Singing toddler is music to mum’s ears
Before Matilda Crompton learnt to speak, she learnt to make people laugh.
“Very early on she realised she could make her big sister laugh by making funny faces,” says mum Elsa Palmer. “She learnt to make us all laugh before she could talk.”
The sprightly three-year-old is deaf and has had hearing aids for just over a year.
“In the last year she’s made huge improvements. It’s really been a transformation.”
When Matilda was born she failed the newborn hearing screening. Elsa, who is French, and her husband John Crompton, a Kiwi, took their daughter to a number of tests in an effort to diagnose her level of deafness.
A test carried out under general anaesthetic when Matilda was two, confirmed she had a moderate hearing loss.
“She wasn’t talking a lot and she was hard to understand,” Elsa says.
“On the day she got hearing aids, she sung for the first time. It was very moving. It was like she had discovered her voice. It confirmed she really needed hearing aids.”
Elsa says when Matilda was born and they learnt that she is deaf things were quite overwhelming for the family.
“We were worried. It was all a big unknown, we didn’t know what it meant and what it would look like for her.
“But we also knew we’d deal with it and make it work.”
Elsa says a turning point for the family came when they were referred to other organisations for support.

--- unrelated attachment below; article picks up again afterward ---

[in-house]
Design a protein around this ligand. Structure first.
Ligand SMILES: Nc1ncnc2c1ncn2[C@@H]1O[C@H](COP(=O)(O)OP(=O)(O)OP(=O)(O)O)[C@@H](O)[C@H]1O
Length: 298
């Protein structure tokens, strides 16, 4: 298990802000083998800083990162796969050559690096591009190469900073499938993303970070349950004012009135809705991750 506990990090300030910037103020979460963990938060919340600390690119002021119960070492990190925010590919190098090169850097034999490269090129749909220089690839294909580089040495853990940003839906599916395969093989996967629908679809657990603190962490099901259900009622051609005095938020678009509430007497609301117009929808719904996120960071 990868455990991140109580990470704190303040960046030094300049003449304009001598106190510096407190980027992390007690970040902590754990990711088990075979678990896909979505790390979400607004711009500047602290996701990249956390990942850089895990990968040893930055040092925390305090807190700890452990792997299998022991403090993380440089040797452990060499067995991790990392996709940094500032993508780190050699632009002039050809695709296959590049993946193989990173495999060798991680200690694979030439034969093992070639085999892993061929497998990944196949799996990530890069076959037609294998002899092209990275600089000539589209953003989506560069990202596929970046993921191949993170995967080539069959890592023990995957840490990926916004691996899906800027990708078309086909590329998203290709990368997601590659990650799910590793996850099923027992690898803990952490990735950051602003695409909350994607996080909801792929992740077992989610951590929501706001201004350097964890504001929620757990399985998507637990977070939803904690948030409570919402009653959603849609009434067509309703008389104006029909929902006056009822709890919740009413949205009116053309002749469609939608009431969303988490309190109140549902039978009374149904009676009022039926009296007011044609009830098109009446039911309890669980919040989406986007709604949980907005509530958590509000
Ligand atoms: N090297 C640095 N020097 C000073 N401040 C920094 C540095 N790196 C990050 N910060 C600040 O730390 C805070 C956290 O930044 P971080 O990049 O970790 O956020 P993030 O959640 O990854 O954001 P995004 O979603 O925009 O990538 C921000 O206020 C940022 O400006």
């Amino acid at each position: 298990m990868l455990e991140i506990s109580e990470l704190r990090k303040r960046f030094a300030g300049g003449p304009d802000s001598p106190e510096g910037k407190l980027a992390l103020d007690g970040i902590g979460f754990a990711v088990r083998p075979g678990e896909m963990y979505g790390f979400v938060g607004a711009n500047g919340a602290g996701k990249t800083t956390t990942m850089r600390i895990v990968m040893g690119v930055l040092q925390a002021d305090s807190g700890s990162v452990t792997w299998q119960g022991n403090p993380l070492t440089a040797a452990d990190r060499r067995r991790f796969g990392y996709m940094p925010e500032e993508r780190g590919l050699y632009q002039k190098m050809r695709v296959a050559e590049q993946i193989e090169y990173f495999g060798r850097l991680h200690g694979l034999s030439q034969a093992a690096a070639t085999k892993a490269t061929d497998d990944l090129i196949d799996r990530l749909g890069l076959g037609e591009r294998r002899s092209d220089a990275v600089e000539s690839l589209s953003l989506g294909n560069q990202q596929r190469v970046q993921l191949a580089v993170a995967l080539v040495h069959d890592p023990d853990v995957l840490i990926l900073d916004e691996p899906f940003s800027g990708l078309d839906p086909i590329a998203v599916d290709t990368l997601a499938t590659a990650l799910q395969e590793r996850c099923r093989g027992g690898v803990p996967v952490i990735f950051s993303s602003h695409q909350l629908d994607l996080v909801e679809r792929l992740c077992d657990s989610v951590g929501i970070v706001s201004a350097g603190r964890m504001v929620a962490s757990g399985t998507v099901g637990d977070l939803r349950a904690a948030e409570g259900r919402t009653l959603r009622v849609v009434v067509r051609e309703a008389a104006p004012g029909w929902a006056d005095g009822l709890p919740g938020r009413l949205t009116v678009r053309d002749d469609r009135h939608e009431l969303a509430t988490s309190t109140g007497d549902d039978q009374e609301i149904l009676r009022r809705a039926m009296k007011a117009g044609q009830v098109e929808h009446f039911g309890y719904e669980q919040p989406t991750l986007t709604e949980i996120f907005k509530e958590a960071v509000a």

One of those was The Hearing House.
“As a parent you always believe in your child. But now we had someone that also believed our child could talk. It was very empowering to have someone, who is not your family, believe in your child as well.”
Once the confident youngster got her hearing aids, the hard work began.
“A lot of people think you put hearing aids on and that your problems are sorted. But it’s not like that. It takes a lot of effort to make progress.
“The Hearing House has given us tips and tools to model language. Everything that The Hearing House has given us has been achievable.”
Elsa says Matilda took a long time to start talking which caused her a lot of frustration.
However, with the help of Auditory-Verbal Therapist Renique Tenhagen, Matilda is learning to speak more clearly – in English and French.
“Everything that we’ve been doing with Renique is really age appropriate. It feels like a really tailored approach that looks at what Matilda needs.”
Renique says once the resourceful and determined youngster received her hearing aids her vocabulary increased.
“She is talking more which is a great sign that the hearing aids are giving her better access to the listening world and a positive sign for language growth and development,” Renique says.
Elsa says her and John, who also have a 4-year-old daughter named Louise, have high hopes for Matilda.
“She can do anything she wants. We don’t feel her hearing loss will hinder her in the future. She has so many options.
“We hope she will be just as vivacious as she is now.”